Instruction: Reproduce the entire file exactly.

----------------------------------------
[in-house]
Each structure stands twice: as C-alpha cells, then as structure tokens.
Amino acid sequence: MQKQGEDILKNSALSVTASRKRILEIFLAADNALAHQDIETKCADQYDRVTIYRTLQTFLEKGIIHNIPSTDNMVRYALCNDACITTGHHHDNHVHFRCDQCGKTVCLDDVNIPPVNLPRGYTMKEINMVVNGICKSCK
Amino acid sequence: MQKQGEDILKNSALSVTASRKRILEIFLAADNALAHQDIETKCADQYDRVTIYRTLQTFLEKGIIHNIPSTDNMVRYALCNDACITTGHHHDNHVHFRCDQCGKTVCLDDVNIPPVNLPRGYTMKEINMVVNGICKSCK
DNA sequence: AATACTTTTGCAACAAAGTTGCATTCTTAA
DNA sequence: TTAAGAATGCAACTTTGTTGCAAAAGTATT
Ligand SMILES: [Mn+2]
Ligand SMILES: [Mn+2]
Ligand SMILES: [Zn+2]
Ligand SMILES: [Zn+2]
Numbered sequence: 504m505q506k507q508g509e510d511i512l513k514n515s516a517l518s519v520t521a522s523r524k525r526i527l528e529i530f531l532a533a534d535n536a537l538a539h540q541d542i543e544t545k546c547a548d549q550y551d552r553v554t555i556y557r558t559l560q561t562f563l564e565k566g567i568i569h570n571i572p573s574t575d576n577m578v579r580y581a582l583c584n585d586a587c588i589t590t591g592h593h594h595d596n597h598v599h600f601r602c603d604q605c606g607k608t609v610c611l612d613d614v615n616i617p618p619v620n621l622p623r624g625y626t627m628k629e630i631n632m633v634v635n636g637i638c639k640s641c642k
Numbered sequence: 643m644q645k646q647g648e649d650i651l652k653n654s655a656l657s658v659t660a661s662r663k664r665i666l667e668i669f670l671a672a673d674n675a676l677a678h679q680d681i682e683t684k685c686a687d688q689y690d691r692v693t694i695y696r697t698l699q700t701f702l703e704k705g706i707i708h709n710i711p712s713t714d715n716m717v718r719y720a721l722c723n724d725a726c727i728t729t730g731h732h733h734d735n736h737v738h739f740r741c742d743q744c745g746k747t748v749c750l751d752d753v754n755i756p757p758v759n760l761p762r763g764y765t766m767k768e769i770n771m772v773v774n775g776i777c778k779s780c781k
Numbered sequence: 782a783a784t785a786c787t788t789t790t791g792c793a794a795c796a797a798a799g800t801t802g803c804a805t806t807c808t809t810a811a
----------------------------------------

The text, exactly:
[in-house]
Each structure stands twice: as C-alpha cells, then as structure tokens.
Amino acid sequence: MQKQGEDILKNSALSVTASRKRILEIFLAADNALAHQDIETKCADQYDRVTIYRTLQTFLEKGIIHNIPSTDNMVRYALCNDACITTGHHHDNHVHFRCDQCGKTVCLDDVNIPPVNLPRGYTMKEINMVVNGICKSCK
Amino acid sequence: MQKQGEDILKNSALSVTASRKRILEIFLAADNALAHQDIETKCADQYDRVTIYRTLQTFLEKGIIHNIPSTDNMVRYALCNDACITTGHHHDNHVHFRCDQCGKTVCLDDVNIPPVNLPRGYTMKEINMVVNGICKSCK
DNA sequence: AATACTTTTGCAACAAAGTTGCATTCTTAA
DNA sequence: TTAAGAATGCAACTTTGTTGCAAAAGTATT
Ligand SMILES: [Mn+2]
Ligand SMILES: [Mn+2]
Ligand SMILES: [Zn+2]
Ligand SMILES: [Zn+2]
Numbered sequence: 504m505q506k507q508g509e510d511i512l513k514n515s516a517l518s519v520t521a522s523r524k525r526i527l528e529i530f531l532a533a534d535n536a537l538a539h540q541d542i543e544t545k546c547a548d549q550y551d552r553v554t555i556y557r558t559l560q561t562f563l564e565k566g567i568i569h570n571i572p573s574t575d576n577m578v579r580y581a582l583c584n585d586a587c588i589t590t591g592h593h594h595d596n597h598v599h600f601r602c603d604q605c606g607k608t609v610c611l612d613d614v615n616i617p618p619v620n621l622p623r624g625y626t627m628k629e630i631n632m633v634v635n636g637i638c639k640s641c642k
Numbered sequence: 643m644q645k646q647g648e649d650i651l652k653n654s655a656l657s658v659t660a661s662r663k664r665i666l667e668i669f670l671a672a673d674n675a676l677a678h679q680d681i682e683t684k685c686a687d688q689y690d691r692v693t694i695y696r697t698l699q700t701f702l703e704k705g706i707i708h709n710i711p712s713t714d715n716m717v718r719y720a721l722c723n724d725a726c727i728t729t730g731h732h733h734d735n736h737v738h739f740r741c742d743q744c745g746k747t748v749c750l751d752d753v754n755i756p757p758v759n760l761p762r763g764y765t766m767k768e769i770n771m772v773v774n775g776i777c778k779s780c781k
Numbered sequence: 782a783a784t785a786c787t788t789t790t791g792c793a794a795c796a797a798a799g800t801t802g803c804a805t806t807c808t809t810a811a